(NaturalNews) As China continues to rise as the new Asian powerhouse, there has been a steady stream of reports which have detailed the country's staggering lack of standards when it comes to producing manufactured goods, so it was only mildly shocking to learn that authorities there are now looking at charges that some of the country's pharmaceutical companies are using disgusting "gutter oil" to make antibiotics.
For the uninformed (which included me before I came across this story), gutter oil is essentially reprocessed kitchen waste dredged from restaurant drains.
While you're getting a mental picture, read on: Chinese authorities are responding to reports that drug makers may have used it to manufacture antibiotics instead of the more expensive (and, most likely, much cleaner) soybean oil.
What's more, the gutter oil has apparently been at the heart of several food-safety scandals in China in recent months, the BBC reported, quoting Chinese officials - though in typical fashion, the government was secretive, saying it would release its findings soon without providing additional details.
Disgusting gutter oil prevalent throughout Chinese manufacturing
Disgust factor aside, it wasn't clear whether the gutter-oiled antibiotics posed any risk to public health. But nonetheless, the incident highlights how thoroughly Beijing, while remaining socialistic and authoritarian, has nonetheless embraced quasi-capitalist principles of cutting corners to control costs and boost profits.
The British news giant reported that repeated food-contamination scandals, with gutter oil being only the most recent of them, have roiled China's massive population and have caused no small amount of alarm and mistrust.
In April, for instance, state-run media outlets reported on how authorities had begun cracking down on underground workshops that utilized decomposing animal fat and organs to produce more of the gutter oil, which apparently can be "manufactured" from a number of equally disgusting sources.
Police then said most of that oil had been sold to oil manufacturers for food production, no less, and for making hotspot soup - a local cuisine - in restaurants.
A year ago, meanwhile, Chinese police arrested 32 people in connection with an operation to prevent the sale of gutter oil as cooking oil. In that case, more than 100 tons of oil was produced by six underground factories; authorities seized the massive amount in raids that stretched across 14 provinces.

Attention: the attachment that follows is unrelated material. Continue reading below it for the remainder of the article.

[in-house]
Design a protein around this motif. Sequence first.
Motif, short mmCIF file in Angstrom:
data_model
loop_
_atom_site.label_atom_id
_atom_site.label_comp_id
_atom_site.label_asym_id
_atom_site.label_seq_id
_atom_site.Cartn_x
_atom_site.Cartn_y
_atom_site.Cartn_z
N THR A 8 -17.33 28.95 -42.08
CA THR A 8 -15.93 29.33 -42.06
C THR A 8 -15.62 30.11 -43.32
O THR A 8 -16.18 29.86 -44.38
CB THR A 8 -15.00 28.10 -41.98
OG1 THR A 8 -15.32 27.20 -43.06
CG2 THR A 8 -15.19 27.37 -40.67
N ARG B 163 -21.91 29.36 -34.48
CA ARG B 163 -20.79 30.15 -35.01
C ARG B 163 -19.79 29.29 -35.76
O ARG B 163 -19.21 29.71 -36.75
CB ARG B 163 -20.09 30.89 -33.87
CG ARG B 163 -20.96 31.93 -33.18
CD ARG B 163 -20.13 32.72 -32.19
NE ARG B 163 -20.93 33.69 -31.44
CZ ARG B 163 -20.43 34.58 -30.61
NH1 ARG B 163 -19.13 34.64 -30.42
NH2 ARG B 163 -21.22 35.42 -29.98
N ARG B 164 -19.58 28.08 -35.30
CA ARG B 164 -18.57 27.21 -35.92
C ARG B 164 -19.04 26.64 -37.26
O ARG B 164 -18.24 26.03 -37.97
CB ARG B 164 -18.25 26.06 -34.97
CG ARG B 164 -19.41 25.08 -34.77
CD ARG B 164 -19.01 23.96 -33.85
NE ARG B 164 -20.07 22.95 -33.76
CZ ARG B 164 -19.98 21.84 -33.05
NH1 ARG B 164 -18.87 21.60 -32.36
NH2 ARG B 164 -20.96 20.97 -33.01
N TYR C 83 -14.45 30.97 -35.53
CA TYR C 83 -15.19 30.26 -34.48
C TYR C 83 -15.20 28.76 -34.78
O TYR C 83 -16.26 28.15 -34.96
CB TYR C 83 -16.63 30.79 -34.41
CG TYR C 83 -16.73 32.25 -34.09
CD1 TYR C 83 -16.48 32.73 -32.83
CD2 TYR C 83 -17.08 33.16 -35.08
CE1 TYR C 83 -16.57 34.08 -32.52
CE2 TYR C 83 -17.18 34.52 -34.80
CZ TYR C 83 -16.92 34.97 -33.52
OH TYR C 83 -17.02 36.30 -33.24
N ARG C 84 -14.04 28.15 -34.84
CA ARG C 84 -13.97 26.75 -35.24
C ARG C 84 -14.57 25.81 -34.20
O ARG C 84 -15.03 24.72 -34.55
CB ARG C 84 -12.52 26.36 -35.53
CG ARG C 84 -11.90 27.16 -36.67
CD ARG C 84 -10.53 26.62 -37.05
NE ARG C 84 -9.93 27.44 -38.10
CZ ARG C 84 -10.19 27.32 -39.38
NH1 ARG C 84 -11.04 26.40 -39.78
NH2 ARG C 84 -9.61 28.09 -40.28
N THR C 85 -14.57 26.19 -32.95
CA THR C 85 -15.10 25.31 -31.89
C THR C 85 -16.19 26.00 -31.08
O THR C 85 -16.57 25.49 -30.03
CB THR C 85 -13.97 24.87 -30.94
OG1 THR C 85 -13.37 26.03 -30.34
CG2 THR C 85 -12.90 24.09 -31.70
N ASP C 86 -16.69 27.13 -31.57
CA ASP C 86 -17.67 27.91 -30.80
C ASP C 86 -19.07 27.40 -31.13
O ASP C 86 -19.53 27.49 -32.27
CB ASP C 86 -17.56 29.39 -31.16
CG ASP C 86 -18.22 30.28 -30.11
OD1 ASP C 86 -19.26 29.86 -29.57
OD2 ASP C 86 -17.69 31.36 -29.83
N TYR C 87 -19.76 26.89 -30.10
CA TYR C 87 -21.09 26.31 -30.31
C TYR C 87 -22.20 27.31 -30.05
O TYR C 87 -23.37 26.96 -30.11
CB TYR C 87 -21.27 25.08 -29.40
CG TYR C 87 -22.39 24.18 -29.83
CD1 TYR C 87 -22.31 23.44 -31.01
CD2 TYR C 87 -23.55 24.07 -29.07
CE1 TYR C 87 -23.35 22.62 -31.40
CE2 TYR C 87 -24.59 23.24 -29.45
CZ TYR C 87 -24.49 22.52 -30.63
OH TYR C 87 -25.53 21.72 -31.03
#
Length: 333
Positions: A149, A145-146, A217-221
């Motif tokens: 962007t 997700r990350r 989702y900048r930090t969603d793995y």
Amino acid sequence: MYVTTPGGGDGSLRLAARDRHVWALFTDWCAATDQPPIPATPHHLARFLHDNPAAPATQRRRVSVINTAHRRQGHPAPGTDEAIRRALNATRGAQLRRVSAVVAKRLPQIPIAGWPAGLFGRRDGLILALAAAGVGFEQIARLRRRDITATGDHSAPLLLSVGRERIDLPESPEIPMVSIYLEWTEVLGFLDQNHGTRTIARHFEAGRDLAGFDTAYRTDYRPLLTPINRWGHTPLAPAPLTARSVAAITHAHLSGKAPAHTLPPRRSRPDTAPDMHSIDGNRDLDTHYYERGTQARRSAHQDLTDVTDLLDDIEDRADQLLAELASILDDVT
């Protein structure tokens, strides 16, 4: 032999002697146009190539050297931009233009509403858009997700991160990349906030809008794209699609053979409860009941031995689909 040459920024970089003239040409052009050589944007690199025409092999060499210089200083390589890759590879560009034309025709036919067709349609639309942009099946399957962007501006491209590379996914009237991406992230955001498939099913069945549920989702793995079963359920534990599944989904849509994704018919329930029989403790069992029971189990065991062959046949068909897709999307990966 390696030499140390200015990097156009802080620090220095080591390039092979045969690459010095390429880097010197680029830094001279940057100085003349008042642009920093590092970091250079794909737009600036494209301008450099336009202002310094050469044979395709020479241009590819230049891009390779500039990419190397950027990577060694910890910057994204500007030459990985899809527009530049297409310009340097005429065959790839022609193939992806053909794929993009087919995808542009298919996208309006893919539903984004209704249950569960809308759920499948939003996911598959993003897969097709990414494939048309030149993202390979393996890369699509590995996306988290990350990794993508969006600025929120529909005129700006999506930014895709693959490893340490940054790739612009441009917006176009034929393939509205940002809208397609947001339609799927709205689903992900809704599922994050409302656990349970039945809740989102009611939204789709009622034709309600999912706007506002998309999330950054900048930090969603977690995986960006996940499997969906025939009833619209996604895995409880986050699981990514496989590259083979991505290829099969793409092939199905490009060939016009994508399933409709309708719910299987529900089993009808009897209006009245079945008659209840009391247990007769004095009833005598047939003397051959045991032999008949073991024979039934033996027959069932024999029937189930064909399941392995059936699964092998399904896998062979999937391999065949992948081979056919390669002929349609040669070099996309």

And in 2008, at least six infants died and a staggering 300,000 more were made ill after drinking baby formula that had been tainted with the chemical melamine.
'Made in China' is a detriment here in the U.S. as well
An earlier report by NaturalNews documented how the food chain "Whole Foods," which built its reputation in large part on selling organic food, provided details about how many of that company's signature products came not from U.S. farms but from China.
At more than 175 stores nationwide, Whole Foods promotes a homegrown concept, but many of the supermarket chain's goods are marked "Product of China."
What's wrong with that? Well; for one, importing food from China is anathema to Whole Foods' concept of "locally grown" and "organic." For another, China's agricultural development regulations are nowhere near as stringent as they are in the U.S.
And finally, despite Whole Foods' assurances to the contrary, how is a consumer - or the company, for that matter - to know whether all of its Chinese-grown products are indeed pesticide-free?
It should be noted that food sold in the U.S. has to first be approved by the U.S.Department of Agriculture before it can display the "organic" label, by regulation. That not only ensures it's safe but that it was grown in the manner advertised.